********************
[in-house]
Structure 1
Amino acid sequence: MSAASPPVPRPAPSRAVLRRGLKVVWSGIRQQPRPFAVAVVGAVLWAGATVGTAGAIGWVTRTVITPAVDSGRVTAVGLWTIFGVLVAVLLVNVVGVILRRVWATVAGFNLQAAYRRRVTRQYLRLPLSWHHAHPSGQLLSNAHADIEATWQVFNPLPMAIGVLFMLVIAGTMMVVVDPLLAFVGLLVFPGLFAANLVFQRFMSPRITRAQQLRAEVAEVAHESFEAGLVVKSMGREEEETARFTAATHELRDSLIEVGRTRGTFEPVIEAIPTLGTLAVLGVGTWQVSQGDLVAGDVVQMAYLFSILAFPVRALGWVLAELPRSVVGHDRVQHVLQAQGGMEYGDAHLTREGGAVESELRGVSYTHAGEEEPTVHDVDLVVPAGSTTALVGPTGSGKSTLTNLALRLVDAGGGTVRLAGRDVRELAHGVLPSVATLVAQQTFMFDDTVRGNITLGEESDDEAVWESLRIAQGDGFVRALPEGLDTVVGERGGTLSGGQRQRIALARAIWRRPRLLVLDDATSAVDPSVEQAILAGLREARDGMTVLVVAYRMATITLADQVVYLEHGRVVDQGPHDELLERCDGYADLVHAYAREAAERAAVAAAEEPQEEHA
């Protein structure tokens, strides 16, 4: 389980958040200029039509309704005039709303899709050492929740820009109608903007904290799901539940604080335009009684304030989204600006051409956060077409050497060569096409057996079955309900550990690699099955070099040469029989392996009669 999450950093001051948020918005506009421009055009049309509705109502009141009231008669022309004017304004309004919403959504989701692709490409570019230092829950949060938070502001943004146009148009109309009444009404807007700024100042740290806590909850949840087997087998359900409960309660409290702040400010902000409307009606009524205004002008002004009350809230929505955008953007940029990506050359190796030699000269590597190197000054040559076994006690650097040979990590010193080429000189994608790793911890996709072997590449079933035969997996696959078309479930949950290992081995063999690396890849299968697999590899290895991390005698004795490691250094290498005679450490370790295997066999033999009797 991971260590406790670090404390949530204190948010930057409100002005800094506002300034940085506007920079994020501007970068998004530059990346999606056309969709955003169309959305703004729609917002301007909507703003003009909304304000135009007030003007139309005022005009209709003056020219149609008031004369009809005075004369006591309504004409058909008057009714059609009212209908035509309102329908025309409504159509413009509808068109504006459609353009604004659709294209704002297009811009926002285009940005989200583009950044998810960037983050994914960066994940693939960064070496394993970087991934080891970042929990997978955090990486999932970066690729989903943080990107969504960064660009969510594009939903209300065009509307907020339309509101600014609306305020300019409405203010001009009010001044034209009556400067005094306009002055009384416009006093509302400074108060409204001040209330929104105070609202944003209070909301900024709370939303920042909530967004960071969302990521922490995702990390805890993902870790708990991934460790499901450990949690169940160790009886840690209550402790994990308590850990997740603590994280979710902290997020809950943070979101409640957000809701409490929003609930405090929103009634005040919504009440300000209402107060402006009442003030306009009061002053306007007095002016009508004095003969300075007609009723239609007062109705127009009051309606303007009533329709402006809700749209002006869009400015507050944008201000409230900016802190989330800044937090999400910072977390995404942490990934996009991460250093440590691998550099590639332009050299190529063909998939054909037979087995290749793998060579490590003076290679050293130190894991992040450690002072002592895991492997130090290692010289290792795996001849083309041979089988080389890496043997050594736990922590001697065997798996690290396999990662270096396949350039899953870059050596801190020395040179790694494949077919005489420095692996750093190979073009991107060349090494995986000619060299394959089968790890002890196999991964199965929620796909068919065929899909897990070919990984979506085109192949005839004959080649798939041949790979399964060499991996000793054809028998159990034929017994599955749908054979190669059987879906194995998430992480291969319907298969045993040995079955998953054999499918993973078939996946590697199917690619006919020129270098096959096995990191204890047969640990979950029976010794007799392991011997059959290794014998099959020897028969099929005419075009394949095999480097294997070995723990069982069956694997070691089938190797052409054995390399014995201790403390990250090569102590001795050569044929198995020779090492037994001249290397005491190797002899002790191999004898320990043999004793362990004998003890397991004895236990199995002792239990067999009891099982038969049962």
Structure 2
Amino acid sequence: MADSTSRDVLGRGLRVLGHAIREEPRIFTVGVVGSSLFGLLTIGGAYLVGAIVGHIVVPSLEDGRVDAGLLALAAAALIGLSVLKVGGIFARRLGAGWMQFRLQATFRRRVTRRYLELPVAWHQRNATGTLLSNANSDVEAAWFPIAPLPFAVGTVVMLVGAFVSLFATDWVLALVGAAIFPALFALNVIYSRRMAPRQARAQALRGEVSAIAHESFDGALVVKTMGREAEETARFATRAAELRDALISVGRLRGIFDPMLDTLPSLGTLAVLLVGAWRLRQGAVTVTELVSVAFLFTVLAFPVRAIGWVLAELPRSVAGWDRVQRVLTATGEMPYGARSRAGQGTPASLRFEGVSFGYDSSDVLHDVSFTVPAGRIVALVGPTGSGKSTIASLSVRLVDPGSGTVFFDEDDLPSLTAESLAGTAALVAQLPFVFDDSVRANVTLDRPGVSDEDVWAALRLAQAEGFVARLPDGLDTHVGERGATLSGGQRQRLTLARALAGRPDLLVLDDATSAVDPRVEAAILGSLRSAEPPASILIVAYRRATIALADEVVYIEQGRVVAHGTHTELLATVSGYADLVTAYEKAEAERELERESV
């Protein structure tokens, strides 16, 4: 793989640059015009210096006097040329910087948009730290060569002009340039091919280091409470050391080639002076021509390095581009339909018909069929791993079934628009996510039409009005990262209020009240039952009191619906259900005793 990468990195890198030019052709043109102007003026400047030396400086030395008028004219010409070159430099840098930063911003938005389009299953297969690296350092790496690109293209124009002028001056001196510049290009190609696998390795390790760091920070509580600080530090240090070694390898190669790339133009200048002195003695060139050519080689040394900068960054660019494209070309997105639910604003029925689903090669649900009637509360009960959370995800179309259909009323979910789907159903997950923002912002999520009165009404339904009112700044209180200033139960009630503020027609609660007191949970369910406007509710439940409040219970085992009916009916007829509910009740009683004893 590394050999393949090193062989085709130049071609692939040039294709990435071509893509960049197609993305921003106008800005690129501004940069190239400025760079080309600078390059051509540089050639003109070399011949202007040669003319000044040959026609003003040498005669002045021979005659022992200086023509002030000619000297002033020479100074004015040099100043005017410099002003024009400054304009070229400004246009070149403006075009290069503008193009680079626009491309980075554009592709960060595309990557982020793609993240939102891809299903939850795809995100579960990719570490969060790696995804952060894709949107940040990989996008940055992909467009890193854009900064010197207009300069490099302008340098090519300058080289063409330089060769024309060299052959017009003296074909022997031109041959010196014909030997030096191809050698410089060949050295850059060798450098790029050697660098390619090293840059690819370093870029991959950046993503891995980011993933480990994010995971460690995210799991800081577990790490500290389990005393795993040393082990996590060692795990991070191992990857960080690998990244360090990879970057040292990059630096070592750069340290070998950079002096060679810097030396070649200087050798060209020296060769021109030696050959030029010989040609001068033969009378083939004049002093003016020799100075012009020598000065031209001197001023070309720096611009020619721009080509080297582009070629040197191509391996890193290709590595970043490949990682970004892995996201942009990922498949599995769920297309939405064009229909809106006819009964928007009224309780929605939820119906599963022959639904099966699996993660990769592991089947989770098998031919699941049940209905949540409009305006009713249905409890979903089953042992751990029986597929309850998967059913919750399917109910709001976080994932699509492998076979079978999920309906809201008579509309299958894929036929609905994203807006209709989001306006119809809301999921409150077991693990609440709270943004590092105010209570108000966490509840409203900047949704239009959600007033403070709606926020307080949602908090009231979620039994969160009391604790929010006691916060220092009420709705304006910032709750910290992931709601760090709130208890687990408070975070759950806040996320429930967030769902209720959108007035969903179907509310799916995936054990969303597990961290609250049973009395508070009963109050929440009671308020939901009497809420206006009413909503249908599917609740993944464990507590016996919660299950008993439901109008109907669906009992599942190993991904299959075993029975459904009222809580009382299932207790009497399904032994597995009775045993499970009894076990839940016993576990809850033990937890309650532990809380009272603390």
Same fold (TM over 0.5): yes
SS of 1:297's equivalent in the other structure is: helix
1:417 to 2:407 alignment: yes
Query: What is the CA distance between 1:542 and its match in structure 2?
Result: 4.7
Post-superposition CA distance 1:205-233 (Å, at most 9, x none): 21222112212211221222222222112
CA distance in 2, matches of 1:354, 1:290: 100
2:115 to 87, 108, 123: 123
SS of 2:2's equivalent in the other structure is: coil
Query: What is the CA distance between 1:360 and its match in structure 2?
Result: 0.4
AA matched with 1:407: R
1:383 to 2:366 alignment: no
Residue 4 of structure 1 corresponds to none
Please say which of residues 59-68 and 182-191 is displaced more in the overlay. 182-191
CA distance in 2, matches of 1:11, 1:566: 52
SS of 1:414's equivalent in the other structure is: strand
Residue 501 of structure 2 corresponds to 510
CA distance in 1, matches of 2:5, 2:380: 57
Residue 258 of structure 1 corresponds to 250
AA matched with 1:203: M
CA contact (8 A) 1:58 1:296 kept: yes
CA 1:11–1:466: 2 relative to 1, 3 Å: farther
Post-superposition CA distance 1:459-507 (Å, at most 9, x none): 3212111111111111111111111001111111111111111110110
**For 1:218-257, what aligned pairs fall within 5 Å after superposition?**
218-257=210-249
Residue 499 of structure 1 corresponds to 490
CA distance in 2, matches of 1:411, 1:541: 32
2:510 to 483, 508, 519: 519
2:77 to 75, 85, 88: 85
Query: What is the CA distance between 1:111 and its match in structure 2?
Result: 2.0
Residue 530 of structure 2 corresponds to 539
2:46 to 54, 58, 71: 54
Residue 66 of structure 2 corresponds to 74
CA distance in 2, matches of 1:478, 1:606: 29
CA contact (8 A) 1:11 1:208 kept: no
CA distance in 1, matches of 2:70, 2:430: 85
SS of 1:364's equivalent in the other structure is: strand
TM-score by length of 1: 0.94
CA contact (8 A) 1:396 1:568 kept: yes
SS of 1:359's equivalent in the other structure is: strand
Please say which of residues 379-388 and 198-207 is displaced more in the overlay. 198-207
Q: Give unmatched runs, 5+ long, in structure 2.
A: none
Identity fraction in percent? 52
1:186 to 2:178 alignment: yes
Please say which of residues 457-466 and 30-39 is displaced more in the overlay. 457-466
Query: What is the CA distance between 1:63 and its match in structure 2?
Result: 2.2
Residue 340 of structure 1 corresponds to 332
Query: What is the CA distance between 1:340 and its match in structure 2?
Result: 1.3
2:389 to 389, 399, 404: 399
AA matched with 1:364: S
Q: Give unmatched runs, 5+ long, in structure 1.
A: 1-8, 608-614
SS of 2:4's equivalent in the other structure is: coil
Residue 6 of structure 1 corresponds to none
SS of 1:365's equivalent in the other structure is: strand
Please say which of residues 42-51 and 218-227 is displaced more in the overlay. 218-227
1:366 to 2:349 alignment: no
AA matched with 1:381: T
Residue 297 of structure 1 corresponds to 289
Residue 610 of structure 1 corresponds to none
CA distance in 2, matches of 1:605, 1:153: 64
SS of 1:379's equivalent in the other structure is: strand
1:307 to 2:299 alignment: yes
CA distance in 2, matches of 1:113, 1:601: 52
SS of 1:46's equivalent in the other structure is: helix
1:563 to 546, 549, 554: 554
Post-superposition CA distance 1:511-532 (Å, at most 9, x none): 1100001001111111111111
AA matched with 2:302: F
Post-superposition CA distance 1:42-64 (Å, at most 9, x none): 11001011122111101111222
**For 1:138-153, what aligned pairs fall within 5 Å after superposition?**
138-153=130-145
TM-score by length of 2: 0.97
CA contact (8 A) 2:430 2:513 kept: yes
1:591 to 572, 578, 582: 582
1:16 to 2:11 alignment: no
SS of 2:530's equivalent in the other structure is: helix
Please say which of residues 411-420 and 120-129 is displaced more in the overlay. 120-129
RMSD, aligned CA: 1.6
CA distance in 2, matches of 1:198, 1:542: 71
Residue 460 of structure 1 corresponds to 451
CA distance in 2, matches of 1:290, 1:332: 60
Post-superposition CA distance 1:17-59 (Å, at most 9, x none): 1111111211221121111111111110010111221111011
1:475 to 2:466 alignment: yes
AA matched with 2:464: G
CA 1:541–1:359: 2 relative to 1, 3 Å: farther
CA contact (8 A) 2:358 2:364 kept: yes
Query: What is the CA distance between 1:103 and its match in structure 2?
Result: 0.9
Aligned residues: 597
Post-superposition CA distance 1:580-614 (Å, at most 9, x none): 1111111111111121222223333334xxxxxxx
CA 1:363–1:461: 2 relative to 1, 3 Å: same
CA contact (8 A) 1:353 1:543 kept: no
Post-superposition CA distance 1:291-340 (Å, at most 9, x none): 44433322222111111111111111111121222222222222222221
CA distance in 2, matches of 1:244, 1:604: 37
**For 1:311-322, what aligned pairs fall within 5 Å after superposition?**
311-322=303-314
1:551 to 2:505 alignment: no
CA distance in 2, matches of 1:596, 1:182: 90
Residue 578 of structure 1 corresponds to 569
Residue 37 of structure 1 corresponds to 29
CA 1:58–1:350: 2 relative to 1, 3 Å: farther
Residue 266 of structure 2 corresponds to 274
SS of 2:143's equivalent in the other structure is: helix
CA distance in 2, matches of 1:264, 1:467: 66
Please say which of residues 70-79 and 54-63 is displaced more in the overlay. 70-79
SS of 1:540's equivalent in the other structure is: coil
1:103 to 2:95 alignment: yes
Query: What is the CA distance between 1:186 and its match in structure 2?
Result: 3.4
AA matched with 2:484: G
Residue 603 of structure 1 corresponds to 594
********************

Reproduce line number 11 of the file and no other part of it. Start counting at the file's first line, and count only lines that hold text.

Query: What is the CA distance between 1:542 and its match in structure 2?